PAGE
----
Parson Wight’s diary described the construction of this “large brick house” in 1805. This 2-story, 5-bay, hip-roof, Federal house with paired interior chimneys has a shallow hip roof and displays stone quoins. It was set back approximately 50 feet from the street line, an unusual siting for this period. Collins was James DeWolf’s brother-in-law and through his influence was appointed Second Collector of Customs in 1804. In 1817 Collins became first president of Freeman’s Bank. Jacob Babbitt, Sr., a merchant, shipowner, stockholder and president of the Pokanoket Mill and the Commercial Bank, purchased this house in 1833. After his death in 1850, his widow, Abby E. Babbitt, owned both this house and the one just south at 610 Hope Street. A wooden rear wing was added by 1870, and by 1903, a full-width Colonial Revival porch existed; it was removed in the early 1980s to reveal the original pilastered entrance with an arched fanlight.
Hope Street
Second Martin Bennett House
This is a sophisticated 2-story, 3-bay, flat-roof, Italianate dwelling. The facade has a narrow, recessed center bay containing a round-head entrance, a form repeated in the arched entrance to the console-supported balcony above. The flush-board siding simulating stone and the brackets under the projecting cornice and balcony are typical Italianate details. A strong similarity exists to 117 State Street. Martin Bennett was cashier of the First National Bank of Bristol and later treasurer of the Bristol Institution for Savings. His first house was at 93 Bradford Street.
Hope Street
Josiah Talbot House
1838, 1850s
Designed by Russell Warren, this 2-story, 3-bay, gable-roof Greek Revival house is one of the finest in the state. Its facade has a pair of fluted Corinthian columns, set in antis, a contrast to the full tetrastyle portico of the Dimond House at 617 Hope Street. A simple side-hall entrance is framed by heavy Doric pilasters, supporting a broad, plain entablature. The walls are sheathed with horizontal flush boarding and clapboards. A rear ell wan added in the mid-1850s. The original interior is virtually intact. Talbot was part-owner of a schooner, and owner and master of two brigs.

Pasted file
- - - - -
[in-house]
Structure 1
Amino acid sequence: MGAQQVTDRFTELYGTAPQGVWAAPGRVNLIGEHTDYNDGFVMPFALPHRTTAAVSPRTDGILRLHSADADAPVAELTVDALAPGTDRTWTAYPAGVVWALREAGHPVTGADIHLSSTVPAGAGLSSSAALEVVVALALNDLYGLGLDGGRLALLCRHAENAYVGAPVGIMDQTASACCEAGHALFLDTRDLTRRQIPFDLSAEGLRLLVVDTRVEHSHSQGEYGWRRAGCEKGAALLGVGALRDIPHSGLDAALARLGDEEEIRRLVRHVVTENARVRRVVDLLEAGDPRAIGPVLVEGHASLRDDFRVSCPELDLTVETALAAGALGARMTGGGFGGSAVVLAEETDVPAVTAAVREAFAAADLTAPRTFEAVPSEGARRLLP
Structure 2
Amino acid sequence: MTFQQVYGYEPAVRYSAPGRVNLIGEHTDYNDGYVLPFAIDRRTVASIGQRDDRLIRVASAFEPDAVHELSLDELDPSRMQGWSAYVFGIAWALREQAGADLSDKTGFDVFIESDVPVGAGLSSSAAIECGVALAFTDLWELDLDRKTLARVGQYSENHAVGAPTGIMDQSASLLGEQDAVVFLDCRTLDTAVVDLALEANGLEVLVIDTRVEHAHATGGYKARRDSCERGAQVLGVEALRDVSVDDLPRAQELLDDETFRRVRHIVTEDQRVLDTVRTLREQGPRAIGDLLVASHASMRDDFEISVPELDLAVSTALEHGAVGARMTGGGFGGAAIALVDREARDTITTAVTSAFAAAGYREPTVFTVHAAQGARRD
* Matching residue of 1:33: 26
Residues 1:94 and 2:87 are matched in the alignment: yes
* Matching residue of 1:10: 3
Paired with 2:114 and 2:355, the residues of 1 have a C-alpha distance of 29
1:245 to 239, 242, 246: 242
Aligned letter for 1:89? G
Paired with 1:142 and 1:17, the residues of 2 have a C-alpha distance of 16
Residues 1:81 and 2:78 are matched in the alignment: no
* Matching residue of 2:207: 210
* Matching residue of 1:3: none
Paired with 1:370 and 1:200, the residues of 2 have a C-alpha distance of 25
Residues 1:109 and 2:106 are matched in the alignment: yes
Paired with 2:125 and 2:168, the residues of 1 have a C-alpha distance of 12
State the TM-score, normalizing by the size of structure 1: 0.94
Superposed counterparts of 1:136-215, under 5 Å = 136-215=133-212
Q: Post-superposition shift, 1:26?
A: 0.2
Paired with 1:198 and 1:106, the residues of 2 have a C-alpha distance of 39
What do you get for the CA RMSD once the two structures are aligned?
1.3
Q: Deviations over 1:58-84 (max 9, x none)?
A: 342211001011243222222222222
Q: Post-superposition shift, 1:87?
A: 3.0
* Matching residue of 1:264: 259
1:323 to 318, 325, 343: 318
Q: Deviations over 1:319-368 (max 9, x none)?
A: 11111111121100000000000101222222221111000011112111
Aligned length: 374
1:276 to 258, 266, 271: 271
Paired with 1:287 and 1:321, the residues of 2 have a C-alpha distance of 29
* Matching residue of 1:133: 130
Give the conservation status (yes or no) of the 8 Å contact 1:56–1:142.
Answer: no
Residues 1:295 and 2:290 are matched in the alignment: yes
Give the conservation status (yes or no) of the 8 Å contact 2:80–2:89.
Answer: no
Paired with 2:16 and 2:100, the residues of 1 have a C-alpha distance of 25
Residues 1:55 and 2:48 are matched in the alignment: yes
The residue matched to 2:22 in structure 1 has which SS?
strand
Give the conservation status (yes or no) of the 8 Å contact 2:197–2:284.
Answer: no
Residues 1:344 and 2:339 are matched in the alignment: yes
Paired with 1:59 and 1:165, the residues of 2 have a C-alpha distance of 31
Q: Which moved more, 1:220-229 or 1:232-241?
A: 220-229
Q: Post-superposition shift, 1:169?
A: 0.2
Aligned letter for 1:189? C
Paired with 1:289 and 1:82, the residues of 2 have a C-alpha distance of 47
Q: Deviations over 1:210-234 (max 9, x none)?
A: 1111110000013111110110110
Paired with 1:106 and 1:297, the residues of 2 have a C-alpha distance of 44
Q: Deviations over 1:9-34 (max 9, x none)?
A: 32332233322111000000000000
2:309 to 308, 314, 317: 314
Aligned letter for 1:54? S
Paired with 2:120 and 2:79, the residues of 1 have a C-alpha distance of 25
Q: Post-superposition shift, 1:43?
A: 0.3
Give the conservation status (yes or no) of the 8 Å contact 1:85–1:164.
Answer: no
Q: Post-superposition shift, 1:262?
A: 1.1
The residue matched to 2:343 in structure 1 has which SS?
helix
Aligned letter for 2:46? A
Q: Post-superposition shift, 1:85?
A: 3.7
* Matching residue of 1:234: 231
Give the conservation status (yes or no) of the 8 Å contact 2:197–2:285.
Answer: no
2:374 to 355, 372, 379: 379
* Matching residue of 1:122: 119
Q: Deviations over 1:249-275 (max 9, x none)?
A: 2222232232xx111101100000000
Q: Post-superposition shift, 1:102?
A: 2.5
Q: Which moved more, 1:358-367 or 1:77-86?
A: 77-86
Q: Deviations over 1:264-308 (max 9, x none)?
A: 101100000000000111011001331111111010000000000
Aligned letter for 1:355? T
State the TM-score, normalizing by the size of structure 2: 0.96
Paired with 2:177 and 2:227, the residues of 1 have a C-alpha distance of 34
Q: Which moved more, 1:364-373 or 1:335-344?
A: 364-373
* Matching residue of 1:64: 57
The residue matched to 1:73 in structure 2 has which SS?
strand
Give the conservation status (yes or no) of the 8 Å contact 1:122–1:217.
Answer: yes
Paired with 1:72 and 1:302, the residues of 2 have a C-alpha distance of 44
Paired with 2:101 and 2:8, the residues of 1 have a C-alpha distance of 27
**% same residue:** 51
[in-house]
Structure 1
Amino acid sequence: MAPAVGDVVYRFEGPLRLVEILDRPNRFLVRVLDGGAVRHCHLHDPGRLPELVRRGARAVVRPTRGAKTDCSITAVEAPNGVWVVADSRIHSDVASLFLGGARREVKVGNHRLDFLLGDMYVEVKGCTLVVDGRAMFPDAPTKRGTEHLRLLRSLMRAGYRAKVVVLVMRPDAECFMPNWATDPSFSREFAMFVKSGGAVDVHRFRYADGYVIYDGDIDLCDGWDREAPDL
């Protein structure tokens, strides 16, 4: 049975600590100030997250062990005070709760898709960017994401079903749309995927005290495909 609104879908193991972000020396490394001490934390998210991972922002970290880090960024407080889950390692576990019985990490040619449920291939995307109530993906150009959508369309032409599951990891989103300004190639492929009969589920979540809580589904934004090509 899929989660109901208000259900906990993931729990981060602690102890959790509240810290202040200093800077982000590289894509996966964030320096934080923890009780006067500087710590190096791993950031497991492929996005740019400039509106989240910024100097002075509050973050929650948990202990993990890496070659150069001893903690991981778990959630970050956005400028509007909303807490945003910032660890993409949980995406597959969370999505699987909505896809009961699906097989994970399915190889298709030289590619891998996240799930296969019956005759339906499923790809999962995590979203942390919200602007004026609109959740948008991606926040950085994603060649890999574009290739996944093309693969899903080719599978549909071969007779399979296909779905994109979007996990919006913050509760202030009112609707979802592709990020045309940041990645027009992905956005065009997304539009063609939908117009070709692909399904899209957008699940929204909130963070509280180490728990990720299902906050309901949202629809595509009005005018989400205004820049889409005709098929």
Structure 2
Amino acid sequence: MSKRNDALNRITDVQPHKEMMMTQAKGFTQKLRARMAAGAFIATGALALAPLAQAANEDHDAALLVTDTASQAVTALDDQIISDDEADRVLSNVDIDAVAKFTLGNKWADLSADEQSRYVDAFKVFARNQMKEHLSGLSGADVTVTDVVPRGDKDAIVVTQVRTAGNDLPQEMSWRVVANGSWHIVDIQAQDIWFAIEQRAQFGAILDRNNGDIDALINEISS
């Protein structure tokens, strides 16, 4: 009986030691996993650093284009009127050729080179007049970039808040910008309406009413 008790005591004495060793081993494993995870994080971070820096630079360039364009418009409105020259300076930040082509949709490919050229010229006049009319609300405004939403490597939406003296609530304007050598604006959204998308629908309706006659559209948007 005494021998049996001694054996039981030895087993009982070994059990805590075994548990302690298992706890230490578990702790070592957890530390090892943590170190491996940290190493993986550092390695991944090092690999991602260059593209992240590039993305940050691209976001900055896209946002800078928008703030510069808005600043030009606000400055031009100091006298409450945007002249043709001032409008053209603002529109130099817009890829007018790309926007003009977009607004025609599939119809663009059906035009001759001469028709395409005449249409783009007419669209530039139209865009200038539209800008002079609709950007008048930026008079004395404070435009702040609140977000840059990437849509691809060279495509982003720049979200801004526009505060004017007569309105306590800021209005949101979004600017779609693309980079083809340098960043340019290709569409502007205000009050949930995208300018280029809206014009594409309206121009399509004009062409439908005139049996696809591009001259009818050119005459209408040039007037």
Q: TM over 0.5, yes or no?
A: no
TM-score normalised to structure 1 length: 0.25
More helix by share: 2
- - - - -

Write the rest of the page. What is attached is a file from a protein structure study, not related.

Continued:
Hope Street
Stephen Wardwell House
This 2-story, 5-bay Federal house, built on the site of the Wardwell Tavern, is unusually well preserved. The facade centers on an elliptical-arched entrance with a delicate fanlight and sidelights, framed by engaged Doric columns. The double-hung 12-over-12 and 12-over-8 windows have heavy plank casings trimmed with splayed lintels. Stephen Wardwell’s heirs sold the house in 1821 to Nicholas Peck, a merchant and shipowner. The house was then sold to the Paull family in 1902, who still retain ownership. Additions include the rear northwest ell and enclosed porch.
Hope Street
Gardner-Bosworth House
c. 1840, 1893
The original 2-1/2-story, 3-bay, end-gable-roof Greek Revival form of this dwelling was strongly influenced by Russell Warren’s designs. In 1850 the house was purchased by Moses Wood, superintendent of the Namquit Mill, from the estate of Benjamin Gardner. It was extensively altered on Orin Bosworth, who purchased it in 1893. Additions include a 2-1/2-story, octagonal tower on the southwest corner; a full-width bracketed porch; and a 1-story wing on the north. The original Greek Revival entrance, with a wide entablature supported by rusticated pilasters, remains within the porch. Bosworth, descendant of one of th town’s first settlers, was an attorney with an office on Bradford Street. From 1897 to 1911 he was a judge of the Fifth District Court.
Hope Street
Jeremiah Wilson House
c. before 1751, c. 1835
The first house on this lot was built c. 1709 for Samuel Woodbury, town surveyor. In 1750 his son Jonathan Woodbury split the lot an dsold the eastern quarter-acre, fronting on Hope Street, to housewright John Peckham. Within five months, Peckham built this 2 _-story, 4-bay, gable-roof Colonial house with a center chimney for Jeremiah Wilson. It has a fine pedimented entrance with pierced fanlight and geometric-patterned surround. By 1817 Wilson’s heirs sold the house to Henry Wight, Jr., a merchant. Deacon Daniel Perry, of Fairhaven, Massachusetts, became owner in 1832 and by 1835 his daughters Eliza Bartlett Perry and Mary Laurence Nye inherited the house. The large rear ell may date from this period. In 1866 it passed to Gideon Gifford, remained in family ownership until 1922, and is now a 2-family home.